What the Blackhawks have done the last 10 games in the Western Conference, the Toronto Maple Leafs have done in the East. With who’s-THIS-fucking-guy goaltender James Reimer between the pipes, the Leafs have surged to a 6-1-3 record over their last ten games. After having been written off for another year by pretty much everyone as recently as the All-Star Break, they are now within 4 points of a playoff spot.
Tonight the Leafs play host to the similarly-resurgent Chicago Blackhawks, setting up a Clash of the Titans in the NHL’s broadcast media Coliseum: an Original-Six matchup on CBC’s Saturday night edition of Hockey Night in Canada. The only thing that would make this more perfect is if it were at Maple Leaf Gardens. But alas, time marches on.
Goaltending has been the missing piece of the puzzle in Toronto for some time. Okay, let’s be honest: it’s one of the missing pieces, along with forwards, defense, coaching, management and ownership. But let’s not be nit-picky. Over the last 3 seasons the list of goaltenders to play at least one game for the Maple Leafs — and turn out to be a complete disappointment — include J-S Giguere, Olaf Kolzig, Martin Gerber, Vesa Toskala and (yes, I’m serious) Curtis Joseph.
Reimer was hovering in the minor leagues during those years, earning his stripes and not really impressing anybody. He had several call-ups during that time, but mainly to provide insurance in the event of an injury to the guy playing the game. Well, all of a sudden, the Leafs had to file a claim on that policy: sophomore Swede Jonas Gustavsson required heart surgery, and finally Reimer got his first NHL start.
12 wins, 4 losses and 3 OTL’s later, he is being watched with the cynical optimism typical of the Toronto media: eager to ride the wave while it lasts, but keeping the “I told you so” option open in the event that he blows the big game that costs the Leafs their spot in the playoffs. Regardless of what the media says about him, he’s playing fantastic hockey at the moment, and will not be a pushover this evening.
The Maple Leafs’ offense is clustered, but that cluster is potent and dangerous. Clarke MacArthur, Mikhail Grabovski, Phil Kessel and Nikolai Kulemin are all in or about to enter the 20-goal, 50-point club: from there it’s a significant drop-off to Tyler Bozak with 10 goals and 14 helpers. So controlling the top-four will be the key to keeping the Leafs off the score sheet.
Captain Dion Phaneuf and talented youngster Luke Schenn anchor a defensive corps, the others comprised of two stay-at-home workhorses and two inexperienced youngsters. Plus-minus numbers are not impressive, but improving with the Leafs’ goaltending upgrade. Phaneuf, for instance, is minus-five on the year — but plus-2 in his last 10 games.
The biggest winner in all this (other than James Reimer’s agent) may be Head Coach Ron Wilson. Any coach in Toronto is pilloried by the press 24/7 from the day they are hired, and Wilson has taken more than his fair share. Rumors were flying that if the Leafs missed the playoffs this season, Wilson was history. This upstart netminder might just have bought Wilson another year behind the bench for the Leafs.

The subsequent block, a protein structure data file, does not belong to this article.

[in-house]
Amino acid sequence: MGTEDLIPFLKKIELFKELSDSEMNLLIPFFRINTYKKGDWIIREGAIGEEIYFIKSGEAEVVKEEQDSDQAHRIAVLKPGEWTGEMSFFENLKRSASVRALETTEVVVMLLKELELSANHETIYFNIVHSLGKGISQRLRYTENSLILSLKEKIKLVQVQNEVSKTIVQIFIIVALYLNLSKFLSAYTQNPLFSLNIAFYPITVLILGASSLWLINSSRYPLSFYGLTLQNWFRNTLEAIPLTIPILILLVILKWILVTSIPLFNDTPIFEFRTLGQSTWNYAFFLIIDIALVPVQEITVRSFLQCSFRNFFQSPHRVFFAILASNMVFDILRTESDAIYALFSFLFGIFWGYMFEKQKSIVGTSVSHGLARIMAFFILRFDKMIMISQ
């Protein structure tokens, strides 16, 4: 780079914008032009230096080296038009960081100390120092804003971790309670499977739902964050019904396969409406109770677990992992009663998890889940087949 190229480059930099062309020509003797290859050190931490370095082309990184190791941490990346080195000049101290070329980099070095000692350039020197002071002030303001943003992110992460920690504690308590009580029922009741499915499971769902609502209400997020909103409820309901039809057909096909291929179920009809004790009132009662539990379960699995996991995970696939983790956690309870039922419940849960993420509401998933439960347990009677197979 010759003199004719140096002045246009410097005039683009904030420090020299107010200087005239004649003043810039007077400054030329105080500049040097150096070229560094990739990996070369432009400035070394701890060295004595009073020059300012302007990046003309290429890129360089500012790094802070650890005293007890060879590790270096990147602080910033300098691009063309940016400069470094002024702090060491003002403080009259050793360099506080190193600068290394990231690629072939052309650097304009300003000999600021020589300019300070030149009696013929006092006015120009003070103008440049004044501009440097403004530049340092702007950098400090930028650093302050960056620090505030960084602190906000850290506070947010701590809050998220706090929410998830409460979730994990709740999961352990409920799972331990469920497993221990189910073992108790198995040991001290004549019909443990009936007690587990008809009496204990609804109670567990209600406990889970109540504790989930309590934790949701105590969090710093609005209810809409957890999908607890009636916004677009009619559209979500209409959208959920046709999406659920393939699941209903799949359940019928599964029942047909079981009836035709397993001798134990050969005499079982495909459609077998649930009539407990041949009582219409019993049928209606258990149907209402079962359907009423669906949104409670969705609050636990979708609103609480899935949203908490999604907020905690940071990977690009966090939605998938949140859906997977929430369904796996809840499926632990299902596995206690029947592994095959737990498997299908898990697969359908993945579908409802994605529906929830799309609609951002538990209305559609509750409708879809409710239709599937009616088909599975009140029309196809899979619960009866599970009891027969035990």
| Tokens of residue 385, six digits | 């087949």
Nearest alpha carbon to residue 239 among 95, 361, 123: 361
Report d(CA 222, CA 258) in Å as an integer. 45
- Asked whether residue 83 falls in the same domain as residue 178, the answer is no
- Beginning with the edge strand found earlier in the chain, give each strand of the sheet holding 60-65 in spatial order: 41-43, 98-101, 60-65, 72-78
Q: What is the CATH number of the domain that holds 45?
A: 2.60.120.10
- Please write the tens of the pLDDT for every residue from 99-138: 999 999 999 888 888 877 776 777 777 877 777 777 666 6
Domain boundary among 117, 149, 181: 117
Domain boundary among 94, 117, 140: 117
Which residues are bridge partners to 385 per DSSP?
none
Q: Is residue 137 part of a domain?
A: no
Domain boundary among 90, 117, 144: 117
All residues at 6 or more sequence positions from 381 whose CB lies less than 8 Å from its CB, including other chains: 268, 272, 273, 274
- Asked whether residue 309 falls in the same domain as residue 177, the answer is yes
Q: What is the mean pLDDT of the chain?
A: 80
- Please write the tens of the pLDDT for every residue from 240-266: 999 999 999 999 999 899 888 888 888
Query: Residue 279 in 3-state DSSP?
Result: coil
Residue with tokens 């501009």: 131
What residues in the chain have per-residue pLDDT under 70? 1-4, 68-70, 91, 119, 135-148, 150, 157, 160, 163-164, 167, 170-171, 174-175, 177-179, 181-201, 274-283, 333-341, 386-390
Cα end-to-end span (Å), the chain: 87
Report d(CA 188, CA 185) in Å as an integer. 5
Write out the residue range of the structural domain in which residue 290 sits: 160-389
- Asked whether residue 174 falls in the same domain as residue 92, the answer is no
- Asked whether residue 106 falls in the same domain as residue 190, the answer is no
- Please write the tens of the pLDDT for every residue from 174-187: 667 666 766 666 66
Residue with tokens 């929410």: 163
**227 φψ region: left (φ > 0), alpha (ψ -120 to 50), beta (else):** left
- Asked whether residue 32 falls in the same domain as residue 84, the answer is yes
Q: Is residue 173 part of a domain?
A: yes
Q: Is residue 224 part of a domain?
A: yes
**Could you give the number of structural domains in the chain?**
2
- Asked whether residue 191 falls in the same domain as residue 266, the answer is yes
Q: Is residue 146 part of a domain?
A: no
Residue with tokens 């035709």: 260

Once again, the picture looks rosy for Chicago. A seven-game win streak will buoy anyone’s spirits, but it’s the way we’re winning that is the real story. Captain Jonathan Toews is playing with a balls-out confidence that makes most team captains look like Ralph Malph. Our top line is cranking in goals almost at will. We are getting regular, substantive scoring contributions from the second and third lines every game. Defensemen Nick Leddy and Chris Campoli are turning out to be excellent additions to our blue line core. And rookie goaltender Corey Crawford continues to impress with each game, going 8-1-0 over his last 9 starts.
As an aside, Edmonton Oilers’ rookie phenom Taylor Hall was considered to be one of the front-runners for the Calder Trophy, the NHL’s rookie of the year. Well, Hall just went down with an ankle injury that will require 8 weeks to heal, effectively taking him out of the running. With Crawford’s exceptional play the last two months, he is now being considered a legitimate contender for this award by the hockey press. I admit, I thought the Calder talk was certain Chicago sports writers inventing something to get excited about a month ago. Now, it seems more than just wishful thinking.
Triage: the Maple Leafs are without the services of Colton Orr and the afore-mentioned Gustavsson, both out for the season. The Blackhawks are all “officially” healthy, but expect John Scott and Fernando Pisani to be scratched again this evening. The latest lineup has been rocking it hard, and only an idiot would mess with this kind of success.
6:00pm puck drop Chicago time. Canadian viewers will see the game live, coast-to-coast, on the CBC’s flagship program and most-loved hockey broadcast world-wide, Hockey Night In Canada. Enjoy what Don Cherry has to say during intermission, the mouthy old fart-blossom. Chicago viewers will catch the action on WGN TV, broadcast radio is WGN AM-720, and XM subscribers can hear the game on channel 204.
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